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A homodyne tomography tutorial

How can one determine a quantum state’s Wigner function? Although it cannot be measured directly as a probability density, all its marginal distributions can. Once we know all the marginal distributions associated with different quadratures – i.e. the Wigner function projections upon various vertical planes – we can reconstruct the Wigner function. This reconstruction procedure is very similar to that used by medical doctors in computer tomography – where one reconstructs a three-dimensional picture of a tissue anomaly from a set of two-dimensional X-ray images acquired from different angles.

Fig. 1

So our goal is to determine the marginal distributions for all different “points of view”. Suppose we can measure the coordinate of our oscillator (for example, by taking its photograph at a given time). Repeating this procedure many times for a set of identical quantum states we obtain the marginal distribution pr(X) for quadrature X. This is, however, insufficient for tomographic reconstruction of the Wigner function: we need distributions   for all values of q. In order to understand how to obtain these distributions we need to recall that our oscillator, well, oscillates. That is, our Wigner function rotates around the phase space origin with the oscillation frequency w. The marginal distribution pr(X) measured at the moment t = q / w is the same as the marginal distribution pr(Xq) measured at the moment t = 0. Therefore, instead of measuring the marginal distributions at a particular moment for all “view angles” we can measure marginal distribution associated with one view angle, but at different moments [Fig. 1].

Fig. 2

Let us now remember that we work with light, not with mechanical oscillators. As we know from classical physics, these two physical systems are described by the same equations of motion. The role of the mechanical coordinate in the electromagnetic wave is played by the electric field. If we had an “electroscope” able to perform phase-sensitive measurements of the electric field in an electromagnetic mode, we would be able to reconstruct the “quantum portrait” of the mode’s quantum state – its Wigner function.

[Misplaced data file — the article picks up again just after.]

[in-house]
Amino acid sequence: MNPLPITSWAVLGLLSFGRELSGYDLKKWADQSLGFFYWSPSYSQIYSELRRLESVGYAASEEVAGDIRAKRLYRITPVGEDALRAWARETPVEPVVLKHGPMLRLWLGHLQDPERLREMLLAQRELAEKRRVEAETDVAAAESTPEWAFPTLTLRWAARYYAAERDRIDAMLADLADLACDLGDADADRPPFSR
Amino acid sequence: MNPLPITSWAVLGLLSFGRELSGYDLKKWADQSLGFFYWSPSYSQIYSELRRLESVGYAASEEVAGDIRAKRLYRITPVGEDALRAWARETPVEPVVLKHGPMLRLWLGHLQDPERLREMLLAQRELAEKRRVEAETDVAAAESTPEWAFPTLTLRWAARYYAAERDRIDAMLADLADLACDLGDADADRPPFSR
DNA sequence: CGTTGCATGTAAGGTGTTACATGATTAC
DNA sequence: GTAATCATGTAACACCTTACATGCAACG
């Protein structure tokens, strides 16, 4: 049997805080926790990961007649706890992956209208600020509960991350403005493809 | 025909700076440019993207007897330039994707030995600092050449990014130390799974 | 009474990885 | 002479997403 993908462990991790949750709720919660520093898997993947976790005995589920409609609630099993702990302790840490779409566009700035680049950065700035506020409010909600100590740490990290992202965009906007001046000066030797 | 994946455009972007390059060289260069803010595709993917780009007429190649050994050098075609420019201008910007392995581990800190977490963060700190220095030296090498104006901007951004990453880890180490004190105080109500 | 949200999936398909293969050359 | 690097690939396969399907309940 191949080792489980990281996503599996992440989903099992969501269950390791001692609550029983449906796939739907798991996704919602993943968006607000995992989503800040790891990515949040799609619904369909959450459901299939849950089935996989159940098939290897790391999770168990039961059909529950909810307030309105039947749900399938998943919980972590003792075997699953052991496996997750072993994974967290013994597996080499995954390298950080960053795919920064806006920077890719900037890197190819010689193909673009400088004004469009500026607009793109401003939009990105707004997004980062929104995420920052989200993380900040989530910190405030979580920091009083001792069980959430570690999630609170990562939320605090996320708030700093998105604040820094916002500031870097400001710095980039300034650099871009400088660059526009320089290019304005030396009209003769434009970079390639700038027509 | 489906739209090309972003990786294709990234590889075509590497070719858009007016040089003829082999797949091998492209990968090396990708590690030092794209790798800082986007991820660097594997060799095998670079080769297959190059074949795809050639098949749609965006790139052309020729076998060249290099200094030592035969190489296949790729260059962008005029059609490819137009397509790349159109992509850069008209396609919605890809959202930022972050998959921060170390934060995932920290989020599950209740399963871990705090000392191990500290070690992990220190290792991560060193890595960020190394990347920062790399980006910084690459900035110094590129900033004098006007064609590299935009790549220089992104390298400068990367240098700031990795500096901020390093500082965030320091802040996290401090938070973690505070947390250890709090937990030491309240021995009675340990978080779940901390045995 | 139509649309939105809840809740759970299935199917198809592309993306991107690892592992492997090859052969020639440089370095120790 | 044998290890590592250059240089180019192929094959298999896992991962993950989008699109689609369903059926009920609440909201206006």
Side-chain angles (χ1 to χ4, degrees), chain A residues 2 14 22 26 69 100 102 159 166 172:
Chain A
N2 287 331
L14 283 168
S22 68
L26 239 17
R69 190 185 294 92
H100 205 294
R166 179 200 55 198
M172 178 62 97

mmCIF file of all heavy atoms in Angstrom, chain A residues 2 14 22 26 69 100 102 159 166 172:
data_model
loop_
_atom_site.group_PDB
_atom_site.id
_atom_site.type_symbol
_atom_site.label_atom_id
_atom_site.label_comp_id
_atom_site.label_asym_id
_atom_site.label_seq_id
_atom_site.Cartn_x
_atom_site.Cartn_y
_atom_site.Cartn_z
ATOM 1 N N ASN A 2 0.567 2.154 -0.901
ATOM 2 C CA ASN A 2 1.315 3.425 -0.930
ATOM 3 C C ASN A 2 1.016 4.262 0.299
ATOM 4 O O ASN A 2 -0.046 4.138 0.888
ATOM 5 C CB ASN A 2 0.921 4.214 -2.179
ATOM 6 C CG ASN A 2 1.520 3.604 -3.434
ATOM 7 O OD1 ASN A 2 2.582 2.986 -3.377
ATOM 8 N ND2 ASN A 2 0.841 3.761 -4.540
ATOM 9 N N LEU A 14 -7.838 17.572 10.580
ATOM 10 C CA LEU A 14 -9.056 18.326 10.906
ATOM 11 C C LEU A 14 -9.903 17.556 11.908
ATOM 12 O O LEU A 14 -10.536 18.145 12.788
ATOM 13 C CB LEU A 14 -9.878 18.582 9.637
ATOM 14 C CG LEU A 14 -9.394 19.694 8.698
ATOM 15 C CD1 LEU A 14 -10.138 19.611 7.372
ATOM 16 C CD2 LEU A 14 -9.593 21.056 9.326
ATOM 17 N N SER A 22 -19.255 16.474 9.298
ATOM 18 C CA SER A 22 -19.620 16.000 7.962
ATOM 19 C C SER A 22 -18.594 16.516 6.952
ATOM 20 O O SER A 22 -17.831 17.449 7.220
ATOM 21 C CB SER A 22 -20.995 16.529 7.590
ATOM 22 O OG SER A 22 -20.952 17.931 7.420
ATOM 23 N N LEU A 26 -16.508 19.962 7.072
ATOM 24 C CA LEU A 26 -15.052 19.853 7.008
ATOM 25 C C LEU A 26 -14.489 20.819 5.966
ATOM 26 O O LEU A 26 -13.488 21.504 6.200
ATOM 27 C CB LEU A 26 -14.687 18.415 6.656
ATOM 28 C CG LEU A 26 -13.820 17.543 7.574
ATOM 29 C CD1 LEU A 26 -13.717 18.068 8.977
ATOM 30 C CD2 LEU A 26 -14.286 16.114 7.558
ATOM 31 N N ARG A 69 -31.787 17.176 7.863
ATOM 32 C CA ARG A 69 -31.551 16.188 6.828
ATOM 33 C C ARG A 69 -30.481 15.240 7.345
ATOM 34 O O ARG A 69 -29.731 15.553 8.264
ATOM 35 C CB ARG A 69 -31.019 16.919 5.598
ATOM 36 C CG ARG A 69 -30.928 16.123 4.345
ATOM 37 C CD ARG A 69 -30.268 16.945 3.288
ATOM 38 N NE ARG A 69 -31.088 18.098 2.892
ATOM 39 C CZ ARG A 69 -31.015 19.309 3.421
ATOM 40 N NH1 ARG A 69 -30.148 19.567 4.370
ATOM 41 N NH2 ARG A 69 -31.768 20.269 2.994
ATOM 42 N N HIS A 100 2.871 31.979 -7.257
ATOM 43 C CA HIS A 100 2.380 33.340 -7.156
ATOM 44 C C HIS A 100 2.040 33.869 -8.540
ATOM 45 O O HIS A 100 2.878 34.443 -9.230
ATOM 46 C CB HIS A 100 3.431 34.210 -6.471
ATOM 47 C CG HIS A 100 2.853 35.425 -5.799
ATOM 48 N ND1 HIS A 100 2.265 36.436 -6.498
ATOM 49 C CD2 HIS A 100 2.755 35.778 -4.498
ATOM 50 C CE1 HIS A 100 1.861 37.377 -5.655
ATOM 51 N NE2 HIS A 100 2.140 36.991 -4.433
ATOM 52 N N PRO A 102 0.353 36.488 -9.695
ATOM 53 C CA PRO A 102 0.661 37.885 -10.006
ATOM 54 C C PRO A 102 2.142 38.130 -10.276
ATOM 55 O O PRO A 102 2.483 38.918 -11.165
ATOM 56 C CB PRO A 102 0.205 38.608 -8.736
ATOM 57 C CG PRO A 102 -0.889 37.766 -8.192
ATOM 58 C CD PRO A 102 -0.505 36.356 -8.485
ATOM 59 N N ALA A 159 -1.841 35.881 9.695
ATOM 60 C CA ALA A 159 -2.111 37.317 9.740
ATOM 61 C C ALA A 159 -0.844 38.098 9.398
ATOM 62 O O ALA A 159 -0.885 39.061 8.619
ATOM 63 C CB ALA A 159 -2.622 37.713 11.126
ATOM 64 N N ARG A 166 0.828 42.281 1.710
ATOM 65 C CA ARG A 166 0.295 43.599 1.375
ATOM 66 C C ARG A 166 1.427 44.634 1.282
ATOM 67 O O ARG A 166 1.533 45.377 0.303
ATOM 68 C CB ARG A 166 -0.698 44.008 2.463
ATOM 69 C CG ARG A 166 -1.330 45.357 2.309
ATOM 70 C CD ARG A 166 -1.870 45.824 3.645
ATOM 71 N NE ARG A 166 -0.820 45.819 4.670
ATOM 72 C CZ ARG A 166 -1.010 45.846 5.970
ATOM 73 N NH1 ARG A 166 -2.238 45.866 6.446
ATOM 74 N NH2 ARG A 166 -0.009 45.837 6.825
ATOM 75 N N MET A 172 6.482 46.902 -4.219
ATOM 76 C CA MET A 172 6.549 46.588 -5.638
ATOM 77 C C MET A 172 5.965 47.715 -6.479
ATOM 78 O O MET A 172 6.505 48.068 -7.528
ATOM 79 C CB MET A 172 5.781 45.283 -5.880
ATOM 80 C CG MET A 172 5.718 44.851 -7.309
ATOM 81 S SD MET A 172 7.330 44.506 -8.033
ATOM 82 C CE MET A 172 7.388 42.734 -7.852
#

Unfortunately, such an “electroscope” does not exist. Typical oscillation frequencies of the light fields are hundreds of terahertz, and no one can build a detector that can follow such fast changes. Yet one can use a trick that allows to do phase-sensitive measurements of the electric field using regular, “slow” detectors. This trick is called balanced homodyne detection – here is its main idea. 

Quantum objects are usually small, and electromagnetic fields that exhibit quantum properties are usually weak. Let us overlap the mode whose quantum properties we want to measure (the “signal” mode) with a relatively strong laser beam (the “local oscillator”) on a beam splitter [fig. 2]. If the electric fields in the two modes are Es and ELO, the fields emerging in the two beam splitter output ports are given by

Let us now have both beam coming out of the beam splitter hit high-efficiency photodiodes. A photodiode is a device which generates electric current proportional to the intensity (not the amplitude) of the electromagnetic field incident on it. Our two photodiodes produce photocurrents that we subtract from each other. The photocurrent difference is given by


since ELO >> Es, we neglect the quantum noise of the local oscillator field and find out that the photocurrent difference is proportional to the amplitude of the signal field – exactly the quantity we are looking for! By changing the relative optical phase of the local oscillator and signal waves, we measure the electric field at different phases. At each phase, we perform a multitude of electric field measurements (each time preparing an identical quantum state in the signal channel) thus obtaining the marginal distribution. A set of marginal distributions for various q’s will provide us with full information about the quantum state – and allows us to reconstruct its Wigner function and the density matrix.

An excellent introduction into nonclassical light and methods of its characterization is given in the textbook by U. Leonhardt “Measuring the quantum state of light”, CambridgeUniversity Press, 1997.

Our review paper on homodyne tomography

Gerd Breitenbach’s homodyne tomography page